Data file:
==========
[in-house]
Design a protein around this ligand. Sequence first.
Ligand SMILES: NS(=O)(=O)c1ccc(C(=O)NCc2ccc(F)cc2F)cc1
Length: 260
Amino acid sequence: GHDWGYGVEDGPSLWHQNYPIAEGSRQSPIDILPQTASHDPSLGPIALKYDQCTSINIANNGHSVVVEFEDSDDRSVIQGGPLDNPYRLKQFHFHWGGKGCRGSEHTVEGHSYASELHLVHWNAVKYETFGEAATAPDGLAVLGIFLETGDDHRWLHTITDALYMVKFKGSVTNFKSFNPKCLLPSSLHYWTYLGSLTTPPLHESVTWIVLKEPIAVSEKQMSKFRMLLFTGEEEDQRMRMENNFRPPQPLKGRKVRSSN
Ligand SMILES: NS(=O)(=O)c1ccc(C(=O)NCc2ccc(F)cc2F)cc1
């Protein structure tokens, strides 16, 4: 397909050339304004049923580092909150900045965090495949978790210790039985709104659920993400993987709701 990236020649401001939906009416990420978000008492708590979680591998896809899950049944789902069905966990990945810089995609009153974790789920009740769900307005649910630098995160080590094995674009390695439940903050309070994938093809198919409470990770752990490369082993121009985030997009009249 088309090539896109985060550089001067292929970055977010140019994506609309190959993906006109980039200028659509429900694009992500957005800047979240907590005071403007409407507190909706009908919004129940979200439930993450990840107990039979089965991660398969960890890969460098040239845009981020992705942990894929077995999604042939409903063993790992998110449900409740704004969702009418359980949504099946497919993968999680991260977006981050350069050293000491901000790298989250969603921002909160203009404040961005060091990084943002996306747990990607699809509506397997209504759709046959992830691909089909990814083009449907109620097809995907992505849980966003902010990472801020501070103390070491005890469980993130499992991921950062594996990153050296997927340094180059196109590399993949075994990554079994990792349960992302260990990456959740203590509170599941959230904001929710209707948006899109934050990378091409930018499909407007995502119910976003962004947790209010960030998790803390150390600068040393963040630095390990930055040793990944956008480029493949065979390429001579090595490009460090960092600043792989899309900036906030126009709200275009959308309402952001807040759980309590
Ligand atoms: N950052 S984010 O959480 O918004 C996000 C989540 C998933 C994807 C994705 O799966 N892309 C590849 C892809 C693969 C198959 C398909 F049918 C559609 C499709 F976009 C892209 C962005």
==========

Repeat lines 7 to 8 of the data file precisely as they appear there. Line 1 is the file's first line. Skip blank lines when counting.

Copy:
């Protein structure tokens, strides 16, 4: 397909050339304004049923580092909150900045965090495949978790210790039985709104659920993400993987709701 990236020649401001939906009416990420978000008492708590979680591998896809899950049944789902069905966990990945810089995609009153974790789920009740769900307005649910630098995160080590094995674009390695439940903050309070994938093809198919409470990770752990490369082993121009985030997009009249 088309090539896109985060550089001067292929970055977010140019994506609309190959993906006109980039200028659509429900694009992500957005800047979240907590005071403007409407507190909706009908919004129940979200439930993450990840107990039979089965991660398969960890890969460098040239845009981020992705942990894929077995999604042939409903063993790992998110449900409740704004969702009418359980949504099946497919993968999680991260977006981050350069050293000491901000790298989250969603921002909160203009404040961005060091990084943002996306747990990607699809509506397997209504759709046959992830691909089909990814083009449907109620097809995907992505849980966003902010990472801020501070103390070491005890469980993130499992991921950062594996990153050296997927340094180059196109590399993949075994990554079994990792349960992302260990990456959740203590509170599941959230904001929710209707948006899109934050990378091409930018499909407007995502119910976003962004947790209010960030998790803390150390600068040393963040630095390990930055040793990944956008480029493949065979390429001579090595490009460090960092600043792989899309900036906030126009709200275009959308309402952001807040759980309590
Ligand atoms: N950052 S984010 O959480 O918004 C996000 C989540 C998933 C994807 C994705 O799966 N892309 C590849 C892809 C693969 C198959 C398909 F049918 C559609 C499709 F976009 C892209 C962005």